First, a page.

If you feed insects retinol (preformed vitamin A) it will simply pass through them. They will not retain it. If you feed them beta-carotene (which is 2 molecules of retinol attached “tail to tail”), they will accumulate it readily. [Then when the insectivore eats the insects they can cleave the beta-carotene into retinol.]

Pending on 4 March 2024: Portland, Oregon's Lisa Harrenstien, DVM, Dipl. ACZM, (& my exotics vet), disagrees with the last sentence of Mark Finke, PhD & Nutritionist's answer to question 5. Dr. Harrenstien replies instead that "An insectivore will only be able to cleave beta-carotene into retinol if they naturally in the wild eat plants, which leopard geckos don't."

Question 6: I have been told that insects may not be able to absorb the vitamins in animal feed because those vitamins are coated in a substance that protects it from cooking processes, is this true?
For vitamin A & D (and beta-carotene) there are forms that protect the vitamins for being degraded during processing. It’s likely not that they can’t absorb it but rather those are relatively (from the perspective of an 50-200 mg insect) large hard particles that are unlikely to be ingested by most insects. If I gave you a bowl of cereal and put three golf balls in there you’d likely just eat around them. Same thing here. Note the b-vitamins are pretty stable during processing so they should be utilized by insects just fine.

Question 7: I am currently breeding mealworms on chicken layer crumbles but I am not sure what would be a good amount of vitamins to raise them on before I use a gut loading diet to correct the calcium-to-phosphorus ratio. The chicken layer crumbles have 3,000 IU/LB (approx. 6,600 IU/kg) of vitamin A, 800 IU/LB (approx. 1,760 IU/kg) of vitamin D3, and 12 IU/LB (approx. 26 IU/kg) of vitamin E. Is this enough to accumulate a good amount of vitamins in the mealworms as they grow or do I need more?
Your mealworms won’t absorb any vitamin A or D from that diet. It passes through although if you used it for gut loading it would work but frankly those levels are pretty low. The vitamin E is absorbed but that’s about 25 IU/kg so I’d want to be in the 100 to 200 IU/kg range to improve the nutrient profile of the mealworms.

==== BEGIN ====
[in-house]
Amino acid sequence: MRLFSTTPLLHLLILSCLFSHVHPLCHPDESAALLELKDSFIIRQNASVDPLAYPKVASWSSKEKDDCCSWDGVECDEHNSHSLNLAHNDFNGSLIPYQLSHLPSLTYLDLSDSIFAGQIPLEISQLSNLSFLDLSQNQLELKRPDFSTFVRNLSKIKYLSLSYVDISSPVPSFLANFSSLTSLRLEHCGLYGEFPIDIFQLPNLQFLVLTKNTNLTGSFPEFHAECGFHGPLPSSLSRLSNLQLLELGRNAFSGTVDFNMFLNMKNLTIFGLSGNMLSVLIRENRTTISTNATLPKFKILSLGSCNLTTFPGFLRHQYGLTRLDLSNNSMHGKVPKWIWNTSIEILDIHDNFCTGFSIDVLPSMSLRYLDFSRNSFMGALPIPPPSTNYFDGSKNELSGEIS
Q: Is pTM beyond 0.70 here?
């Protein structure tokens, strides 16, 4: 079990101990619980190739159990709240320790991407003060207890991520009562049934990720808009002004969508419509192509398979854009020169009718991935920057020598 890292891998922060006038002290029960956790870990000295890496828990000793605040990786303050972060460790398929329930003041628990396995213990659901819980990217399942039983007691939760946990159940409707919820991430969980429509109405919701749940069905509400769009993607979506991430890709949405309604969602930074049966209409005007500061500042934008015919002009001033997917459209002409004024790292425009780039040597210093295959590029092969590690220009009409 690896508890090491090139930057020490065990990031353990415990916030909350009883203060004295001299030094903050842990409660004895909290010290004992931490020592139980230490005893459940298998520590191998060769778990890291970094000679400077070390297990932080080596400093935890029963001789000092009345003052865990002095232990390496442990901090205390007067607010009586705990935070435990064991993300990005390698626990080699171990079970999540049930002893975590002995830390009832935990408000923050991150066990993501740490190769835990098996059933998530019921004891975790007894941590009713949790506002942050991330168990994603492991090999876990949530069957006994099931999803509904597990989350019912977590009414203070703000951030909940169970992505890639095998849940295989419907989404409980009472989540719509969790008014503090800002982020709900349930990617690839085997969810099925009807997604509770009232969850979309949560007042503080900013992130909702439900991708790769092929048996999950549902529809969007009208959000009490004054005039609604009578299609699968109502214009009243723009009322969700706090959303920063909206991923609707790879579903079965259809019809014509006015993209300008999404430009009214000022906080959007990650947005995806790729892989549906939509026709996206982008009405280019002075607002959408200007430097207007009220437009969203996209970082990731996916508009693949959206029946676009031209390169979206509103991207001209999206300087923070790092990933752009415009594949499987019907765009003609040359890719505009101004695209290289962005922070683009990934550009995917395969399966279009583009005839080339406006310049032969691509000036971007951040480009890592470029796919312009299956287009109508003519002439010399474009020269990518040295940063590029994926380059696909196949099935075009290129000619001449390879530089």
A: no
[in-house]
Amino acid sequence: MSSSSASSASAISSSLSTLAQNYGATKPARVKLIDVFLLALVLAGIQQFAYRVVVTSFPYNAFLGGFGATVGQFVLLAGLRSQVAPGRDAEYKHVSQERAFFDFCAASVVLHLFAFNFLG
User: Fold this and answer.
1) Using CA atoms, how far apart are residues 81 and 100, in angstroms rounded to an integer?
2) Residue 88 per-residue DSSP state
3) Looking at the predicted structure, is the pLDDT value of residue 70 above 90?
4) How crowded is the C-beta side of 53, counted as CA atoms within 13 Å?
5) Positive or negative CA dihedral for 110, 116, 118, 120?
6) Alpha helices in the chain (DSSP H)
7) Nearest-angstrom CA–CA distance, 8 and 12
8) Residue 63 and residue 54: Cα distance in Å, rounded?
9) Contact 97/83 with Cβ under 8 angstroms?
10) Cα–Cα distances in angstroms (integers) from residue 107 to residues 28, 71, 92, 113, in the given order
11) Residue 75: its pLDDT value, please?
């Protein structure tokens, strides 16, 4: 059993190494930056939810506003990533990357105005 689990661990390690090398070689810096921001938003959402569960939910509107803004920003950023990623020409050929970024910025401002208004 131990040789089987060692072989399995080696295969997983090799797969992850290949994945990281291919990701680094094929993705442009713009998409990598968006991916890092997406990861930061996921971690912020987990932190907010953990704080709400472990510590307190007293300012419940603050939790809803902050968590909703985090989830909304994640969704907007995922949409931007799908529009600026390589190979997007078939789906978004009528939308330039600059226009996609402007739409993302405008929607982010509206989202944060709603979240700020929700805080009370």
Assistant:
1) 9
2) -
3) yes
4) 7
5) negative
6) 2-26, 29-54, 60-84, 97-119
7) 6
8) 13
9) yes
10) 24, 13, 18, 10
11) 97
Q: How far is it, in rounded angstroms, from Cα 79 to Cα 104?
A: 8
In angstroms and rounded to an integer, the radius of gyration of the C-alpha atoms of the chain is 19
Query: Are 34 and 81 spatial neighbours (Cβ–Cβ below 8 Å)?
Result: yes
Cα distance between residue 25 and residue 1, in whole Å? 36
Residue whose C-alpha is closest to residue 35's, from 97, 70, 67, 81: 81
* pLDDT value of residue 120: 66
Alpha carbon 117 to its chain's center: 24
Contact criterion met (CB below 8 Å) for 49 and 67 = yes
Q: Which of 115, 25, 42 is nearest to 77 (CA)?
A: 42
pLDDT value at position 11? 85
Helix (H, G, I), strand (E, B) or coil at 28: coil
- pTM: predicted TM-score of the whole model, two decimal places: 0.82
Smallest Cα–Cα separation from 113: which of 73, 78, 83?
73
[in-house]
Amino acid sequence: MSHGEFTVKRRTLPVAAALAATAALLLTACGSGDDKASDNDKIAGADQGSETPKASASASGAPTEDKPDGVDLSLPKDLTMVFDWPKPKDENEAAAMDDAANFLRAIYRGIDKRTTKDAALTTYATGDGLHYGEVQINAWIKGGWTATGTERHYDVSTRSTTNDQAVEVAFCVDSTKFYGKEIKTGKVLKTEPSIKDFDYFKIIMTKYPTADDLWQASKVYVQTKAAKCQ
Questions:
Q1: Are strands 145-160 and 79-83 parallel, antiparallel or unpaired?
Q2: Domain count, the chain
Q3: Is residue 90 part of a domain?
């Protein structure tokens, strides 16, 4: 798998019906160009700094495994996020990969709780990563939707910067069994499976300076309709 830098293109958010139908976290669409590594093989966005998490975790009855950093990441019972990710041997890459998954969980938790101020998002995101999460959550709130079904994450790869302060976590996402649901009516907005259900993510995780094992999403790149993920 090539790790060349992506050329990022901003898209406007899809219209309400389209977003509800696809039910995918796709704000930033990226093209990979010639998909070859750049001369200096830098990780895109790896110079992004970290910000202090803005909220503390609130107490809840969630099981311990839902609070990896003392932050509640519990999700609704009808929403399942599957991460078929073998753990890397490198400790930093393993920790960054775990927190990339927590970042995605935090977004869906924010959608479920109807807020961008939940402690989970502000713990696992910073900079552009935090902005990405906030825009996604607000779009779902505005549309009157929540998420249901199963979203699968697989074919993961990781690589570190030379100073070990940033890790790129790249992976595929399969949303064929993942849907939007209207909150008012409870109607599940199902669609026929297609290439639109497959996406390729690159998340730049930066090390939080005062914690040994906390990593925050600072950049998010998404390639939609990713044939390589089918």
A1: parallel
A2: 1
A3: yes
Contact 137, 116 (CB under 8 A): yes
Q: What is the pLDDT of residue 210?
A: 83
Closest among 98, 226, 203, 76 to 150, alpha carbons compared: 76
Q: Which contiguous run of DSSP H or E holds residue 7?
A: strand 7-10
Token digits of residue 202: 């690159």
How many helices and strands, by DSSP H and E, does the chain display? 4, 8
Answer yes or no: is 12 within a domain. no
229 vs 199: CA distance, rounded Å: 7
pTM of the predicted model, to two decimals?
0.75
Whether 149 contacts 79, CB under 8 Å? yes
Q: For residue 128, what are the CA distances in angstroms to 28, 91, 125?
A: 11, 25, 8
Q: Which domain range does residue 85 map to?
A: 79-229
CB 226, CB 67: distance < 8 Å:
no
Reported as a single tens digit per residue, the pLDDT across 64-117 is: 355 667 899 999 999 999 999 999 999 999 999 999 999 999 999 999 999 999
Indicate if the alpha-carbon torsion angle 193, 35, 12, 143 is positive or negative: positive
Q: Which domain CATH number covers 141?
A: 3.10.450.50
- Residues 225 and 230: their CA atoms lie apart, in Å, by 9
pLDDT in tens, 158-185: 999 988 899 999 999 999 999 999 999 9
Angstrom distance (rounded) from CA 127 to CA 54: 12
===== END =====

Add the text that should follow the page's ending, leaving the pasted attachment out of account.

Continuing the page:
Question 8: Do you recommend a certain amount of beta carotene to raise feeder insects on?
Don’t know exactly but the more the better. You can’t overdose beta-carotene either in the insect or the insectivore. Carrots as a water source would likely work well.

Question 9: I would like to know some good sources of DHA, EPA, linoleic, and linolenic acids for roaches as you mentioned before.
If your diet is grain based there will be PLENTY of linoleic acid for sure. The best source of linolenic would be flaxseed but beware of flaxseed oil as it’s pretty unstable once it’s extracted from the seed. Chia seeds would work as well but flax is likely a better option assuming they will eat it. You likely don’t need to give them EPA or DHA consistently but given its role in neural development I’d try and get it in nesting insectivores hoping it carry’s into the egg or when the young have hatch. Fish oil varies widely in quality and some of the low grade stuff likely smells/tastes fishy which might affect palatability. So if you can find more refined fish oil then it should be more likely to be accepted by the insect and then accumulated in their fat.
(Note: Algae oil is also a good source of EPA and DHA)

If you have any other questions then you can contact Mark Finke here.
markfinke@desertinet.com